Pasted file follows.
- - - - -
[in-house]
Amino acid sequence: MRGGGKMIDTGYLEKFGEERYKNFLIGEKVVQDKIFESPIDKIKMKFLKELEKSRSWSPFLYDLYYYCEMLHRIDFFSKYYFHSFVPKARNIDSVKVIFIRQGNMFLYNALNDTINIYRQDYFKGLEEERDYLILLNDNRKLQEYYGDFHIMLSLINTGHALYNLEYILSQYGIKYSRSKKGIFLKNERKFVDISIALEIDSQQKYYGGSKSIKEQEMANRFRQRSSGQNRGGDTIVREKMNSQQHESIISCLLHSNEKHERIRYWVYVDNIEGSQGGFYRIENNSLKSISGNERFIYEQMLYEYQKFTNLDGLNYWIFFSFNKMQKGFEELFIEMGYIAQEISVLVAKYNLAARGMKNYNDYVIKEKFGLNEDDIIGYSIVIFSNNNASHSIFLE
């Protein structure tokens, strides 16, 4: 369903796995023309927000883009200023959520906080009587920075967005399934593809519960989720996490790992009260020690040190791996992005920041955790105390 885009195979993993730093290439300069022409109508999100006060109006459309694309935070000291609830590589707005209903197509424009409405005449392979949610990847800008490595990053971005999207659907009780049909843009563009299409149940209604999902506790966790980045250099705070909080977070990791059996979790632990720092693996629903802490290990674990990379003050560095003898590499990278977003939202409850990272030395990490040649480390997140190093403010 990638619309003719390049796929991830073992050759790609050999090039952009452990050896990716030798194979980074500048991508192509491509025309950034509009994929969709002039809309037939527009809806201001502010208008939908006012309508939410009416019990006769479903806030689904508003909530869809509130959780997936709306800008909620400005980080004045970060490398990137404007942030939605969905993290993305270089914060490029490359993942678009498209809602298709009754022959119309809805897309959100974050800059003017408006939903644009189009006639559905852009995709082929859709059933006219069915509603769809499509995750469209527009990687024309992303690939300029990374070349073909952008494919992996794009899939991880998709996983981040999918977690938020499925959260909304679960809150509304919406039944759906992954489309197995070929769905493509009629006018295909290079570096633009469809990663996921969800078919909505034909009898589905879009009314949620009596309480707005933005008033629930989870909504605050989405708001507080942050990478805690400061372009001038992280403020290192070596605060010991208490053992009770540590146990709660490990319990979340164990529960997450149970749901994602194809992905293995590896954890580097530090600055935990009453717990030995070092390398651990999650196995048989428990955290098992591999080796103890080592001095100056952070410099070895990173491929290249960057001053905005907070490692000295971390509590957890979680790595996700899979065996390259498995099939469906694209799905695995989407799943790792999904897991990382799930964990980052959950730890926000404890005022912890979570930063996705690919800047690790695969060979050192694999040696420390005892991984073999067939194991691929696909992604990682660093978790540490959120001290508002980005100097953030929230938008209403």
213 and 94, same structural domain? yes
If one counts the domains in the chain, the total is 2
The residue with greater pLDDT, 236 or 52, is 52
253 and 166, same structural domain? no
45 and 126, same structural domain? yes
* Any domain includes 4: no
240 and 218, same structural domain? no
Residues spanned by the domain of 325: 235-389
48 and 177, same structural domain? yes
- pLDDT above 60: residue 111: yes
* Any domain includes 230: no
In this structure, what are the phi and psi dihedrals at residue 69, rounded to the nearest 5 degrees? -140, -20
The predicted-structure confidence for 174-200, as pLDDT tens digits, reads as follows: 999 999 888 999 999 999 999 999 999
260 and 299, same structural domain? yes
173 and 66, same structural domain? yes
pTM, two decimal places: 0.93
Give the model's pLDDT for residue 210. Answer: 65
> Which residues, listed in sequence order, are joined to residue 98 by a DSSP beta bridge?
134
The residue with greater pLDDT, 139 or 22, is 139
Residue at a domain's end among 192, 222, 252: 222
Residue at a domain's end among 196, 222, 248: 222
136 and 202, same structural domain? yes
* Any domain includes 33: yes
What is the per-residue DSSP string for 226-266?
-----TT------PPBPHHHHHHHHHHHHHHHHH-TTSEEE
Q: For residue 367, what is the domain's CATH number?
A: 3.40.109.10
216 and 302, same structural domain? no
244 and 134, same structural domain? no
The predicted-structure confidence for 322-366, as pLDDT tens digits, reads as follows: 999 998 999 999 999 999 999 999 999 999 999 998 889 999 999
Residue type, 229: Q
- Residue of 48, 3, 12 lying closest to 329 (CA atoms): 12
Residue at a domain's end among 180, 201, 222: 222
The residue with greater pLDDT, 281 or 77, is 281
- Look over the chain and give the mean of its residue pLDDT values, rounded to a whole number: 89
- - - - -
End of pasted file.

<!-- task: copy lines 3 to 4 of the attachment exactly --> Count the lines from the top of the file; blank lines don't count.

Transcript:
């Protein structure tokens, strides 16, 4: 369903796995023309927000883009200023959520906080009587920075967005399934593809519960989720996490790992009260020690040190791996992005920041955790105390 885009195979993993730093290439300069022409109508999100006060109006459309694309935070000291609830590589707005209903197509424009409405005449392979949610990847800008490595990053971005999207659907009780049909843009563009299409149940209604999902506790966790980045250099705070909080977070990791059996979790632990720092693996629903802490290990674990990379003050560095003898590499990278977003939202409850990272030395990490040649480390997140190093403010 990638619309003719390049796929991830073992050759790609050999090039952009452990050896990716030798194979980074500048991508192509491509025309950034509009994929969709002039809309037939527009809806201001502010208008939908006012309508939410009416019990006769479903806030689904508003909530869809509130959780997936709306800008909620400005980080004045970060490398990137404007942030939605969905993290993305270089914060490029490359993942678009498209809602298709009754022959119309809805897309959100974050800059003017408006939903644009189009006639559905852009995709082929859709059933006219069915509603769809499509995750469209527009990687024309992303690939300029990374070349073909952008494919992996794009899939991880998709996983981040999918977690938020499925959260909304679960809150509304919406039944759906992954489309197995070929769905493509009629006018295909290079570096633009469809990663996921969800078919909505034909009898589905879009009314949620009596309480707005933005008033629930989870909504605050989405708001507080942050990478805690400061372009001038992280403020290192070596605060010991208490053992009770540590146990709660490990319990979340164990529960997450149970749901994602194809992905293995590896954890580097530090600055935990009453717990030995070092390398651990999650196995048989428990955290098992591999080796103890080592001095100056952070410099070895990173491929290249960057001053905005907070490692000295971390509590957890979680790595996700899979065996390259498995099939469906694209799905695995989407799943790792999904897991990382799930964990980052959950730890926000404890005022912890979570930063996705690919800047690790695969060979050192694999040696420390005892991984073999067939194991691929696909992604990682660093978790540490959120001290508002980005100097953030929230938008209403």
213 and 94, same structural domain? yes